We get a lot of questions in the shop about thread but often times I think even more tyers should think about what thread they're using. When you think about it, thread is what we use the most when tying flies; many new to the practice do not realize how much a difference the right thread can make.
There are tons and I mean literally tons of thread options on the market today which can be confusing but we're going to focus on the brands and options we carry at The Northern Angler so you can hit the vise with confidence and turn out the best flies possible.
HOW IS THREAD SIZE MEASURED?
Currently, we use two different systems to measure the thickness of fly tying thread. First, the denier system which measures the thickness of individual fibers making up the thread. With this system, the higher the number, the thicker the thread. Secondly we have the "ought" system which you will see as two numbers separated by a forward slash "6/0." With this system the higher the first number, the thinner the thread will be.
Unfortunately, once we know the thickness there is still some information missing. The character of the thread is commonly overlooked but can be essential to success on some flies. Some thread is flat while others have more round properties as it is applied to the hook. This information is not listed on the thread at all but something you can ask your local shop to help with.
These photos show the core thread options we carry at The Northern Angler with five wraps each on a hook shank. Notice how flat the Veevus 140 is compared to UNI 6/0 which is a similar Denier count.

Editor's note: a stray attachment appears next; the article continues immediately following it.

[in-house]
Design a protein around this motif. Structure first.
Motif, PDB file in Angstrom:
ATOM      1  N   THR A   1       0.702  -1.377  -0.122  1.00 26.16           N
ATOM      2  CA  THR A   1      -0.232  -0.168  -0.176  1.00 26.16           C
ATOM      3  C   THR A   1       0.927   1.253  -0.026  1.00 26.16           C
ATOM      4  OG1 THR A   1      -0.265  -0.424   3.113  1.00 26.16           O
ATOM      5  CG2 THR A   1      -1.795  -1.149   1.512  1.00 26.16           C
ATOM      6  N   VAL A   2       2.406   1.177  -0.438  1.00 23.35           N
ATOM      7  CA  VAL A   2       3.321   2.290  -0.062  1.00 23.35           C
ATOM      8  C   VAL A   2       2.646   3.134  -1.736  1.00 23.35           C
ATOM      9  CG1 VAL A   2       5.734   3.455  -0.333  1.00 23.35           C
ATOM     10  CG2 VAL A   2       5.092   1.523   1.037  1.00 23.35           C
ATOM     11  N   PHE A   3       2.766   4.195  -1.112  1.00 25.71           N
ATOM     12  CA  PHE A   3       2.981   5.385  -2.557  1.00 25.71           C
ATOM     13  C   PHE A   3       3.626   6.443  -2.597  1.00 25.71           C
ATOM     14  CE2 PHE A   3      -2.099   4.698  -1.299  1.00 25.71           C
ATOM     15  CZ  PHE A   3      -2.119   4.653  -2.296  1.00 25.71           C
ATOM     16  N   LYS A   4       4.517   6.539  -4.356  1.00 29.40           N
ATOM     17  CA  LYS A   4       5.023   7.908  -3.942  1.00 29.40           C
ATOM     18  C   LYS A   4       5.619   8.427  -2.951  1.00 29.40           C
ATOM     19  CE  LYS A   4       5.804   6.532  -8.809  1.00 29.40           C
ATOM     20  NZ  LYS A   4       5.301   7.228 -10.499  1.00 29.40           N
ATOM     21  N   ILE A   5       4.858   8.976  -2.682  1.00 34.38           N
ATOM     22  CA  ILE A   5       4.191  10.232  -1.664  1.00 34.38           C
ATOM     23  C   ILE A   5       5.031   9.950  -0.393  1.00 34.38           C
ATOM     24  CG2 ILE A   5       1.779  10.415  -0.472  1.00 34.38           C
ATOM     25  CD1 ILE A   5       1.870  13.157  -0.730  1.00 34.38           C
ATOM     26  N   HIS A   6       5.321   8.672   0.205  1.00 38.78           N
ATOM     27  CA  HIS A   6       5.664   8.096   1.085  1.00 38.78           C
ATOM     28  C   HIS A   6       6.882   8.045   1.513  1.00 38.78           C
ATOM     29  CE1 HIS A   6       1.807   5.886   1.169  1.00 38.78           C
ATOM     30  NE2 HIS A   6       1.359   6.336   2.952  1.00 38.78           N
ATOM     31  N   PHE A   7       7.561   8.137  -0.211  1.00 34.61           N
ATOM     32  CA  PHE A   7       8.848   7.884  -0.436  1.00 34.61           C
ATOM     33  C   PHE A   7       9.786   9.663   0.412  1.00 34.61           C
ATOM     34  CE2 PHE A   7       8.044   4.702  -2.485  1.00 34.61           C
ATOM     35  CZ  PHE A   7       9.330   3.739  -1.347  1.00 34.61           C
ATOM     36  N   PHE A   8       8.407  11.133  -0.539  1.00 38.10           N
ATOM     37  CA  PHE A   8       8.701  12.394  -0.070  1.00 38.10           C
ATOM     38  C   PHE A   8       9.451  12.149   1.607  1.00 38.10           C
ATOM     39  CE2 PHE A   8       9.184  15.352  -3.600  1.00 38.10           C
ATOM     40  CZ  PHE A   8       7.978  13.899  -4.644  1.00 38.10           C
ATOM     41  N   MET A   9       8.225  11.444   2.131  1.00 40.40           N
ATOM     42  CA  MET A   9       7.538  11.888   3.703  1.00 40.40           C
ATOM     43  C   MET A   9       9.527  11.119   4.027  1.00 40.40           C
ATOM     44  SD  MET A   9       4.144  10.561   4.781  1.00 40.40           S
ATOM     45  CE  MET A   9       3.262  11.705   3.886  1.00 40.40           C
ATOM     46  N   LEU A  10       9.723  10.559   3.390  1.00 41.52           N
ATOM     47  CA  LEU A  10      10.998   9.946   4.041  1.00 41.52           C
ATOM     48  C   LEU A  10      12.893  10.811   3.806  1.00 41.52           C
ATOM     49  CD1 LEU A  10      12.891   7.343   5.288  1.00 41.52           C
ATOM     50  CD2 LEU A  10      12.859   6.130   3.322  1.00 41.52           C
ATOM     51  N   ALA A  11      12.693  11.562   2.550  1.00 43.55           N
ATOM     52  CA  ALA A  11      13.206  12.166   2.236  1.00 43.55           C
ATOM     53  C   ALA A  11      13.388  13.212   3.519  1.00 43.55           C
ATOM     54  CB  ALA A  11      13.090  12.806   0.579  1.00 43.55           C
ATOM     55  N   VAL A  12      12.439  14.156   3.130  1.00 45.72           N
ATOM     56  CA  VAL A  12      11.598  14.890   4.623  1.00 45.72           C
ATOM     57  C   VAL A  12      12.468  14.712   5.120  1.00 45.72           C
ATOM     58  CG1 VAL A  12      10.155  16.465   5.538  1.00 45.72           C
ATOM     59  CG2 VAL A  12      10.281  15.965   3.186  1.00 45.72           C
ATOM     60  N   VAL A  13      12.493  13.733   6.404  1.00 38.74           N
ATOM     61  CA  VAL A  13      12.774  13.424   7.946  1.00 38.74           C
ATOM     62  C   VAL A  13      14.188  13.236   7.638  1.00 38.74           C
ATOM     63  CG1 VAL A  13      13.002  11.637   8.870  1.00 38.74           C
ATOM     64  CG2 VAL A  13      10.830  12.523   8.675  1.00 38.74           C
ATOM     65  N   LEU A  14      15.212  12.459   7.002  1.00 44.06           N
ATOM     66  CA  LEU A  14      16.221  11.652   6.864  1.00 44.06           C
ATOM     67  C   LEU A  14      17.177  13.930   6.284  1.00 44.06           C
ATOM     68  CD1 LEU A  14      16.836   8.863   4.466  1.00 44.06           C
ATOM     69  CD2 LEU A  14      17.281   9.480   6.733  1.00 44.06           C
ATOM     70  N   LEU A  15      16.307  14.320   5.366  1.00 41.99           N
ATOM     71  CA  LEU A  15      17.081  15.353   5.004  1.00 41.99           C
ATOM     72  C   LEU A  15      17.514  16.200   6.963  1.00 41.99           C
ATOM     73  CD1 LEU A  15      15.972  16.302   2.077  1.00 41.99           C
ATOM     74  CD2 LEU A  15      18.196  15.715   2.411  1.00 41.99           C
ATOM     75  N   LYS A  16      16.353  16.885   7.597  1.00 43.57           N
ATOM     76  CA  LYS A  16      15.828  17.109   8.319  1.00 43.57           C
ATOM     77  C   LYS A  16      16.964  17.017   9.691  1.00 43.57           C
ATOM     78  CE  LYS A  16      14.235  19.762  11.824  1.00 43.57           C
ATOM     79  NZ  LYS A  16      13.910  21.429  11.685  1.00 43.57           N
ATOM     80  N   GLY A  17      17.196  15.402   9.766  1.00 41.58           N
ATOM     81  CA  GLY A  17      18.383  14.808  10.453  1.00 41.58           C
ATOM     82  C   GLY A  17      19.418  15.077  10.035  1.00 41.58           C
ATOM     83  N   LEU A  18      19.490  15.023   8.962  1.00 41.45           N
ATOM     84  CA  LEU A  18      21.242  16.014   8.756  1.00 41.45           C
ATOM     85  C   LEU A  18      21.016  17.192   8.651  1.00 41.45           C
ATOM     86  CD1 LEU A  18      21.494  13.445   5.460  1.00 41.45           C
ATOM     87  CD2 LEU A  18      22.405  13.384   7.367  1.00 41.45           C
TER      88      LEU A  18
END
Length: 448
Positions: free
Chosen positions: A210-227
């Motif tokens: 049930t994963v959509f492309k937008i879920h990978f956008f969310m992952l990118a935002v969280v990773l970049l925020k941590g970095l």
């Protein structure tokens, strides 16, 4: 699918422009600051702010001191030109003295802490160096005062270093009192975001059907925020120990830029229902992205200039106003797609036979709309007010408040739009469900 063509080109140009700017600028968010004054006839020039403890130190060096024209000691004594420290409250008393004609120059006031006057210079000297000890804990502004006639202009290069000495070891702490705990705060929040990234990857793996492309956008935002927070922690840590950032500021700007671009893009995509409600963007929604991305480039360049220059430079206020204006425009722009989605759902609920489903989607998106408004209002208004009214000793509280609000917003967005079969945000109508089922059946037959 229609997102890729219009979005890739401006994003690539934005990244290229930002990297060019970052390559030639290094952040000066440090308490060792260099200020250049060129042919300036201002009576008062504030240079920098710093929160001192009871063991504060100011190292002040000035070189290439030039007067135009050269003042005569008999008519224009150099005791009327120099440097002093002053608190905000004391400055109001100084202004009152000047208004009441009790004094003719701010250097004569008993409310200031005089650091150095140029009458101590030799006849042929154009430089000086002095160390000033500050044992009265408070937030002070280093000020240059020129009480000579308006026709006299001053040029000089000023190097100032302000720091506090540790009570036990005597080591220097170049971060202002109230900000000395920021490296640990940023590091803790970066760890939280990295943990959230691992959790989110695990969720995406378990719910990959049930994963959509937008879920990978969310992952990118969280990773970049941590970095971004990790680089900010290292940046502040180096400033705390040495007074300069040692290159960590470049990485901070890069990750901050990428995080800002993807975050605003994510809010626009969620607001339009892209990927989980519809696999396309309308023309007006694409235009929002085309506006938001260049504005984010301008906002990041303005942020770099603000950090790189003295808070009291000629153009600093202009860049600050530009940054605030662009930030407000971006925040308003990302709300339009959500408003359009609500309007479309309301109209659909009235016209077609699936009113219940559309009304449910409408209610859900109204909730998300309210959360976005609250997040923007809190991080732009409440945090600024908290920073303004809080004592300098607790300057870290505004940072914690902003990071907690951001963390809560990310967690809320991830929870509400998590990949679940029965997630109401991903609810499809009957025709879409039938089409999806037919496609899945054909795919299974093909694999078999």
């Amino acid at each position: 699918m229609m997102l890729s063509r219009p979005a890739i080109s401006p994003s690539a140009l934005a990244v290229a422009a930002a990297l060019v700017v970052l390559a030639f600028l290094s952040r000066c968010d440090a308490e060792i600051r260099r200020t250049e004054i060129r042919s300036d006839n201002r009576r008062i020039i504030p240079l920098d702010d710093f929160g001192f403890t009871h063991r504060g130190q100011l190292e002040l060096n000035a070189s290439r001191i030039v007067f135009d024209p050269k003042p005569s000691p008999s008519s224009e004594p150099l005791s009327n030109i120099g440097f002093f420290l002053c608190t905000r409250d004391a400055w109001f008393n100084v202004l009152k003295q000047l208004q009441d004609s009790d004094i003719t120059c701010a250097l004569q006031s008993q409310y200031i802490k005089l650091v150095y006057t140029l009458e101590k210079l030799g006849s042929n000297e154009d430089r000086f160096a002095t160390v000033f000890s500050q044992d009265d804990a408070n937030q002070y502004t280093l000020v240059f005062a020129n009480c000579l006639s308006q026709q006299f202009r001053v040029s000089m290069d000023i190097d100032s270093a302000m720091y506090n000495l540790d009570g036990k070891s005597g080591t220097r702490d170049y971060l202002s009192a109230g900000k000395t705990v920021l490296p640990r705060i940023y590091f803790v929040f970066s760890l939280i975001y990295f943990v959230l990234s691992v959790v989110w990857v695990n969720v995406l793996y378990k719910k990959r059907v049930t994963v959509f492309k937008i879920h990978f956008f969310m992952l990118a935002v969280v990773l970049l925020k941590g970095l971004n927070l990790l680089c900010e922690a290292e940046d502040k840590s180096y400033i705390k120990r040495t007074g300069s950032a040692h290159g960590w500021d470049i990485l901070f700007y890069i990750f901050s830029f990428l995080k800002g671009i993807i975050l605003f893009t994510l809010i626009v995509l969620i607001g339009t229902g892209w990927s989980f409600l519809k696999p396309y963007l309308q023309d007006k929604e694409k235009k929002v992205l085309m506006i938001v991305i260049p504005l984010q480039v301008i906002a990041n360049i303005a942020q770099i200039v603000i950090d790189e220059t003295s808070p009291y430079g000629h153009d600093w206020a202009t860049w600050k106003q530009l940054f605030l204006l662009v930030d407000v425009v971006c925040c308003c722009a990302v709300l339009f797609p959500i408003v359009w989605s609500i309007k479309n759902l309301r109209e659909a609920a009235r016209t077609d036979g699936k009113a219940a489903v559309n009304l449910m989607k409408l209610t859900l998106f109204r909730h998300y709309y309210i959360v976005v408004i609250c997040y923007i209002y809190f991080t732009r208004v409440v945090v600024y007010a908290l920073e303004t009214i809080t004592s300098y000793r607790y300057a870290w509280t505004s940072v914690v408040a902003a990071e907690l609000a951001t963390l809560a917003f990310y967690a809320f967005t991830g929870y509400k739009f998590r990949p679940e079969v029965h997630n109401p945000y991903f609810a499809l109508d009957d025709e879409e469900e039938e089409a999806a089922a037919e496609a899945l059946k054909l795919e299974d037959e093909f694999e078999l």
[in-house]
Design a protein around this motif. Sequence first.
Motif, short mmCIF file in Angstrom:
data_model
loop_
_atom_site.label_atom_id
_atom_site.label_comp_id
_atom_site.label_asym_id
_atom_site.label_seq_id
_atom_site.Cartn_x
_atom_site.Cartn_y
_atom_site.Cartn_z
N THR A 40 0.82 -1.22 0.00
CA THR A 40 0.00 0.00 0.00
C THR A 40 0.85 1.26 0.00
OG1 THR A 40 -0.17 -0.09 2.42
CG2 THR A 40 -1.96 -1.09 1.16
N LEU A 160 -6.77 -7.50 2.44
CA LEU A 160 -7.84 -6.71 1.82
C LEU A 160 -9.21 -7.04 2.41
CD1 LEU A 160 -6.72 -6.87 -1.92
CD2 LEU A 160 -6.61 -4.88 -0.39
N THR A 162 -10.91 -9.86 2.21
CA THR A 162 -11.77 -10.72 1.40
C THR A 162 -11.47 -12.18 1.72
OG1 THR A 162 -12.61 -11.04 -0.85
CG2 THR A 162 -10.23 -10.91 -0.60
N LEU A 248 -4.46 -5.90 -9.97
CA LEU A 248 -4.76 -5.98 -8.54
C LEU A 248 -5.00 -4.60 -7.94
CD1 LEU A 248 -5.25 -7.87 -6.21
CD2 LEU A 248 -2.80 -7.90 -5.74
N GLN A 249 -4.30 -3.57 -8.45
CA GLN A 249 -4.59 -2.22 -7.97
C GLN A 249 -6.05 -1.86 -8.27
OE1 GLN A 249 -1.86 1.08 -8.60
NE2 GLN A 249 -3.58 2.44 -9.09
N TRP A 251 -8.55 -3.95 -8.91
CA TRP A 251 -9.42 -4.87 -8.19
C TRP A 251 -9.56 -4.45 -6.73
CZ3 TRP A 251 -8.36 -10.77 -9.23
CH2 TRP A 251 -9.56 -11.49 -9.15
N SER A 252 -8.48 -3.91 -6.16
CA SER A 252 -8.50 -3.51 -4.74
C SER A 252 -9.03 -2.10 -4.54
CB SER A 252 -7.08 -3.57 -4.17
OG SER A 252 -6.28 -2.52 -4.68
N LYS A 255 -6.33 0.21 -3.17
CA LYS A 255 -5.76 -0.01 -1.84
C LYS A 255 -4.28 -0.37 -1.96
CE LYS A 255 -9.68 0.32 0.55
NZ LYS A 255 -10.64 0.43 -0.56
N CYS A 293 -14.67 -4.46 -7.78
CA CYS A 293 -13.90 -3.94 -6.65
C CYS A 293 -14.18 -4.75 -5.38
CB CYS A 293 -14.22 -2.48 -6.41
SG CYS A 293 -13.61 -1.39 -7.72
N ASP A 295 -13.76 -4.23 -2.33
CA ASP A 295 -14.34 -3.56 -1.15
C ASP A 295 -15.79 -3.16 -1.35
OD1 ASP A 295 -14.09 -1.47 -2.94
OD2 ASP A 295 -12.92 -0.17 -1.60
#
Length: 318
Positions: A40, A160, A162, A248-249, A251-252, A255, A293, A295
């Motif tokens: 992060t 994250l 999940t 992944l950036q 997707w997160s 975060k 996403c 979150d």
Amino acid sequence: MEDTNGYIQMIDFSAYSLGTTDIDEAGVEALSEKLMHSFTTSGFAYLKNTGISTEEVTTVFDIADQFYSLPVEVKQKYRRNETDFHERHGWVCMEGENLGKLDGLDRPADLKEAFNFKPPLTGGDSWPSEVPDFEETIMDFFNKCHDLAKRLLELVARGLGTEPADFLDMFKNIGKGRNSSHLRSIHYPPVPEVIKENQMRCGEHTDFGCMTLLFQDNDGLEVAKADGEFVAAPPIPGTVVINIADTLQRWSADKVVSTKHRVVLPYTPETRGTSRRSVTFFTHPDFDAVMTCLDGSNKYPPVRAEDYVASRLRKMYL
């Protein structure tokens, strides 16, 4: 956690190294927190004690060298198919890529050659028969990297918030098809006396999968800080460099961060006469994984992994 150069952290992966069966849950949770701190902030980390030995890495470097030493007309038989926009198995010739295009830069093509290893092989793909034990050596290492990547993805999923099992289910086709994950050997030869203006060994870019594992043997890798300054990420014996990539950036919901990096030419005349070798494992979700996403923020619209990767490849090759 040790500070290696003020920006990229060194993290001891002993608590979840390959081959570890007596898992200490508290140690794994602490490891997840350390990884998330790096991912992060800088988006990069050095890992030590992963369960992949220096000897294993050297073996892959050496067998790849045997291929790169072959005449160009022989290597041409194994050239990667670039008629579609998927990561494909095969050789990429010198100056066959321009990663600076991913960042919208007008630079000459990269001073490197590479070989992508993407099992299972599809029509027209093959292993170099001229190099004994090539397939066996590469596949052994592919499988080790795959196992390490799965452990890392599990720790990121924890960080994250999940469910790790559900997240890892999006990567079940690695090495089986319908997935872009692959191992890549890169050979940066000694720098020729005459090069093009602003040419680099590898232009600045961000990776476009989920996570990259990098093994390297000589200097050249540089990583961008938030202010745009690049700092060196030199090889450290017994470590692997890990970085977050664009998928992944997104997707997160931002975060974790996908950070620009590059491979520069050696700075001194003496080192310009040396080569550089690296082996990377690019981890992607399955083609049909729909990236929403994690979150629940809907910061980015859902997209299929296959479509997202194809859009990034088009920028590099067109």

HOW TO CHOOSE THREAD SIZE
1. HOOK SIZE
Although not the only thing to consider, this is the best place to start. It would seem self-evident that the larger your hook, the larger the thread you should use and vise versa. However, I would encourage you to think a different way: use the lightest thread you can get away with. Most tyers, myself included, tend to use more wraps than we truly need which causes issues such as an unruly head and crowded eyes. So, although hook size is a great place, the second consideration will often times be more important.
Materials may be the most important consideration for thread as some materials require more tension or special properties to be successful. This requires some understanding of both the material you hope to manipulate and the different threads available. Please let your local fly shop be a resource for you when you get to this point! We want you to enjoy your time at the vise and there is nothing worse than not having the correct tools for the job.
Specific techniques, like materials require some consideration before you start tying. This again is where I will point you towards asking your local shop for help. Whether you're spinning deer hair, working with dubbing loops, or splitting your thread... there is a thread for that.
WHAT WE CARRY AT THE NORTHERN ANGLER
- UNI THREAD
- 10/0 - Super Light, great for tiny midges and dries where buildup is a concern
- 8/0 - Great all-purpose thread for hooks size 16 and smaller
- 6/0 - Great all-purpose thread for anything larger than 16
- Veevus Thread
- 8/0 - Great all-purpose thread for hooks 16 and smaller
- 6/0 - Great all-purpose thread for hooks larger than 16
- 140 Power - Our favorite all-around streamer thread
- GSP - Gel Spun thread for working with deer hair
- Danville Thread
- 210 Flymaster - Thick thread for big flies
- UTC Mono - For tying saltwater patterns
- UTC Kevlar - For serious strength (hair bug patterns or toothy critters)